Lib Dem conference: Looser coalition on the cards?
Liberal Democrats are cheering themselves up by being rude about the Tories.
Languishing in single figures in the polls, they want credit for government achievements.
But they are fighting hard to highlight their political differences before the election.
Some backbenchers want those differences hard-written into a new coalition.
One regular rebel, Andrew George, suggests government parties should be able to vote against each other if the Lib Dems are in coalition again after the election.
'Say for everyone'
In a paper shared with Radio 4's the World This Weekend, he says issues on which the partners could not agree should be put to a vote in the House of Commons.
He said: "It means that every time there is an issue of potential contention between the two political parties - where they haven't straitjacketed a solution in advance - that everyone has a say."
There is a precedent, he argues, in a vote on his private members bill to overturn changes to housing benefit. Then, Tories and Lib Dems voted different ways.
David Cameron and Nick Clegg also made statements contradicting each other in the House of Commons after the Leveson Inquiry.
Tories and Lib Dems often disagree in public - particularly during party conference season.
But they typically achieve a compromise before going to the House of Commons.
Mr George suggests that in a new coalition, these arguments could be resolved by votes of MPs.
Alternative versions of motions should be presented to the Commons, he says.
The move could give backbenchers, and opposition politicians, much more influence.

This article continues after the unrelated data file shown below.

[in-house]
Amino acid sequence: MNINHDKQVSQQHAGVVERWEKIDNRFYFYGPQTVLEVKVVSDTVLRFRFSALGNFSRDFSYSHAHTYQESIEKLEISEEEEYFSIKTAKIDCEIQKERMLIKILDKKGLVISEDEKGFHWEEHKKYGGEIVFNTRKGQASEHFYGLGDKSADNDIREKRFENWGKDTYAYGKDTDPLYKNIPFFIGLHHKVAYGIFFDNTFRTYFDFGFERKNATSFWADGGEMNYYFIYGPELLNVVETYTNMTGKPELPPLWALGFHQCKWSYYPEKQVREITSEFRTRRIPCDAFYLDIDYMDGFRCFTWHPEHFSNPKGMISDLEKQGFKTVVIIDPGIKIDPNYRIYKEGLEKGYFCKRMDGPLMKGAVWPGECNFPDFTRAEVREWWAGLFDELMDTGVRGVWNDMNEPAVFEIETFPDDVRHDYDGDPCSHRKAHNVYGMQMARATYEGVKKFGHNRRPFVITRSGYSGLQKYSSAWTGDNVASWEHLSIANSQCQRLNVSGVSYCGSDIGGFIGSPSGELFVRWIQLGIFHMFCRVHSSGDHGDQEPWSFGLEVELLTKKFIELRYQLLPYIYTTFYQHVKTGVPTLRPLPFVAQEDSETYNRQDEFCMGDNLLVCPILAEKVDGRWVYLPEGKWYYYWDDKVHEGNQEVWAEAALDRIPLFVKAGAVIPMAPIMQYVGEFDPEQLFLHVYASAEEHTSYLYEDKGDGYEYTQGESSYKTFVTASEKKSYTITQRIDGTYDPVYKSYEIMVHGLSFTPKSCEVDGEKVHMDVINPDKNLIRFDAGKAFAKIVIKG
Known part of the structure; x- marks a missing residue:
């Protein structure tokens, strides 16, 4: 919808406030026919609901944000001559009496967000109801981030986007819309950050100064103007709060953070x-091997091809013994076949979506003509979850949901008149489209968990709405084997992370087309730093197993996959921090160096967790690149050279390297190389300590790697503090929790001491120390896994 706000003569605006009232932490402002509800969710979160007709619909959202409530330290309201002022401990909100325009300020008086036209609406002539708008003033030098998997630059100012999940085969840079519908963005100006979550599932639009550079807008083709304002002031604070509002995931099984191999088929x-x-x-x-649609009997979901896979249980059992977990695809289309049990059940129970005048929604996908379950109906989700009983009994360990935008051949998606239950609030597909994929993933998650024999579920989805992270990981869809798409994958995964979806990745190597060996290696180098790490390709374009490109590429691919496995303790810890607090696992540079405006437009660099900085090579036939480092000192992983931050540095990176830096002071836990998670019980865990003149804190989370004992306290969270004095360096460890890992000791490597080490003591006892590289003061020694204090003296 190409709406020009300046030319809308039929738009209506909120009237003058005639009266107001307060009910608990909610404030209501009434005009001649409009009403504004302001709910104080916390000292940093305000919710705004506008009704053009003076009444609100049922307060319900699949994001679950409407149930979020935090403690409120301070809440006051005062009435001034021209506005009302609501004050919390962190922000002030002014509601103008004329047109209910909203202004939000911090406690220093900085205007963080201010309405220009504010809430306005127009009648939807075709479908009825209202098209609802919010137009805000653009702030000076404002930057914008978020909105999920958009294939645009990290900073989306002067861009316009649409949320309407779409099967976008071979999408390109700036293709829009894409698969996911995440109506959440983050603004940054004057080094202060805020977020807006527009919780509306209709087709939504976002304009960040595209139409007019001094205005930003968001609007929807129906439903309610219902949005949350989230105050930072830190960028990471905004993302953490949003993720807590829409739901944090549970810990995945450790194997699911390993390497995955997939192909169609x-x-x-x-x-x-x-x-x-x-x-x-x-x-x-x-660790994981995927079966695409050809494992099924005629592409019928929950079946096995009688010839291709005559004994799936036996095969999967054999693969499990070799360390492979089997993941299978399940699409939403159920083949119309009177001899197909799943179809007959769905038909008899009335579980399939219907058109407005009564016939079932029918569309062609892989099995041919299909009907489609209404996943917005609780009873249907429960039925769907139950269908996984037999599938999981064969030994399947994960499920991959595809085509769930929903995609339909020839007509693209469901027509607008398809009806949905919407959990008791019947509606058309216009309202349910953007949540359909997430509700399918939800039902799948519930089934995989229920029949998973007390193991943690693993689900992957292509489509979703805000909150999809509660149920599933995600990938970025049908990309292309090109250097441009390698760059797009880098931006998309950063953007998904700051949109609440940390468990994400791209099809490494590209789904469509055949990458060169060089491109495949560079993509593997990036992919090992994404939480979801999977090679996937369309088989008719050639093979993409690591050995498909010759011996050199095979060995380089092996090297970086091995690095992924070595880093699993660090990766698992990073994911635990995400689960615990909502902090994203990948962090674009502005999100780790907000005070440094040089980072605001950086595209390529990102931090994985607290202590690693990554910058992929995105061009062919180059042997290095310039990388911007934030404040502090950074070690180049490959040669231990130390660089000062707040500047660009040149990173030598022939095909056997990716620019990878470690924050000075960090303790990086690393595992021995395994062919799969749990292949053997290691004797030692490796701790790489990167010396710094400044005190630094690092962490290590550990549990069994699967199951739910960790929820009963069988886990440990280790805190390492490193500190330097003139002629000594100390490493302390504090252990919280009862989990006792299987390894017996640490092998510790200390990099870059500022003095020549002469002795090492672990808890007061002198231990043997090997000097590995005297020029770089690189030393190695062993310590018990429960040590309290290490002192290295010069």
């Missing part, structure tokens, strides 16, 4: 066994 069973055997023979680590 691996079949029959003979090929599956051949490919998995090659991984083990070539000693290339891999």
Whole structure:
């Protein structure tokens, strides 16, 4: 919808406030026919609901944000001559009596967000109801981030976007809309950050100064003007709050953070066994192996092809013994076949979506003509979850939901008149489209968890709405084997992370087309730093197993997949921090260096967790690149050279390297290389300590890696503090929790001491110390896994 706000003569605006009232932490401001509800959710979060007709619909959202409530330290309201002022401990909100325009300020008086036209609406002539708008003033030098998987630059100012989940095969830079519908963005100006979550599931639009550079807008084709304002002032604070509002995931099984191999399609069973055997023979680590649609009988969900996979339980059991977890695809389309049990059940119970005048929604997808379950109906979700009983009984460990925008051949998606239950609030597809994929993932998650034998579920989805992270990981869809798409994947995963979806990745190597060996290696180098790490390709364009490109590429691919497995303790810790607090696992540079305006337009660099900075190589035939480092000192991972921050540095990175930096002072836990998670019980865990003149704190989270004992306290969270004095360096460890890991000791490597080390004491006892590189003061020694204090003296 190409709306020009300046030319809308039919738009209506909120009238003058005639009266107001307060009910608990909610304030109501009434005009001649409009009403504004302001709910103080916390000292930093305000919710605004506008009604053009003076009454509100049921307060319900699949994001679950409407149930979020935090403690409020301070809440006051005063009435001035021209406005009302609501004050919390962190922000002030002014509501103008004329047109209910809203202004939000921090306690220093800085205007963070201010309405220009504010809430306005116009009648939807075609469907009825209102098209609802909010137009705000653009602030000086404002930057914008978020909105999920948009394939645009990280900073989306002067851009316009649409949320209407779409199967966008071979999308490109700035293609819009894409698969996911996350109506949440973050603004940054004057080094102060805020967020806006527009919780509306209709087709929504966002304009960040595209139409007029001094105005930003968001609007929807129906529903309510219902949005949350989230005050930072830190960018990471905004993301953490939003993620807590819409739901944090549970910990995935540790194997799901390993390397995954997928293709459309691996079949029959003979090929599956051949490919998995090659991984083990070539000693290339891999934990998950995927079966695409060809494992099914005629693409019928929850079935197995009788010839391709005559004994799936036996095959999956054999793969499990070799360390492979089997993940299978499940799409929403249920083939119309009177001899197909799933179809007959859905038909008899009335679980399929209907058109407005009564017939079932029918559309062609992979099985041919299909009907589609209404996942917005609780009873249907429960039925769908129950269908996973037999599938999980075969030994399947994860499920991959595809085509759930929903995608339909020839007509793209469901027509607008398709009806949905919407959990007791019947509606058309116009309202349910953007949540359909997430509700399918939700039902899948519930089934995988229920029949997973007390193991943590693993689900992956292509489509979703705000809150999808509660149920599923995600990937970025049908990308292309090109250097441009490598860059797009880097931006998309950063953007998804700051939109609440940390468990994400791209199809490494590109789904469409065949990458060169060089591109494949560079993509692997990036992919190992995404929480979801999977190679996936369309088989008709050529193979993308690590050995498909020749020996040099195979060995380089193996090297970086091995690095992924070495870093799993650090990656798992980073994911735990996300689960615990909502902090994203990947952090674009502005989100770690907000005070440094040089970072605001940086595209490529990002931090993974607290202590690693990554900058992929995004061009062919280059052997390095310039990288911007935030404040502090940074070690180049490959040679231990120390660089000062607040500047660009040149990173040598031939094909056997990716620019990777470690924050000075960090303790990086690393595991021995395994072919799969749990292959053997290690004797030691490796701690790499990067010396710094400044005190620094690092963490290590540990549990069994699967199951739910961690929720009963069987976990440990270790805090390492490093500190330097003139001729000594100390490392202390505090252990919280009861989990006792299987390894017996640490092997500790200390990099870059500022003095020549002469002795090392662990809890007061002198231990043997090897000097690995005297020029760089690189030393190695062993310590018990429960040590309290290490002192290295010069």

Other Lib Dem MPs sympathise with the idea that a new coalition should be negotiated on different terms.
The Eastleigh MP Mike Thornton said: "If sometimes we disagree and act in different ways people should just shrug their shoulders and say that's what politics is all about."
Another MP told the BBC the party was naïve in 2010, did not know what it was doing, and paid dearly over plans to increase tuition fees in England.
But the idea would be resisted by those who argue a rigid agreement is essential for a stable government that can make clear promises to the voters.
The Lib Dem education minister David Laws said: "I don't think we were naïve. We negotiated a huge proportion of our manifesto into the coalition agreement."
He said most Lib Dem MPs would not favour a looser coalition.
The idea of agreeing to support Conservatives only in confidence and budget votes was rejected in 2010 as the Lib Dems would have little power.
Lib Dem MPs voted to approve the coalition in 2010.
Conservative MPs did not get a similar opportunity but are expected to press for the chance if another coalition is formed after the general election.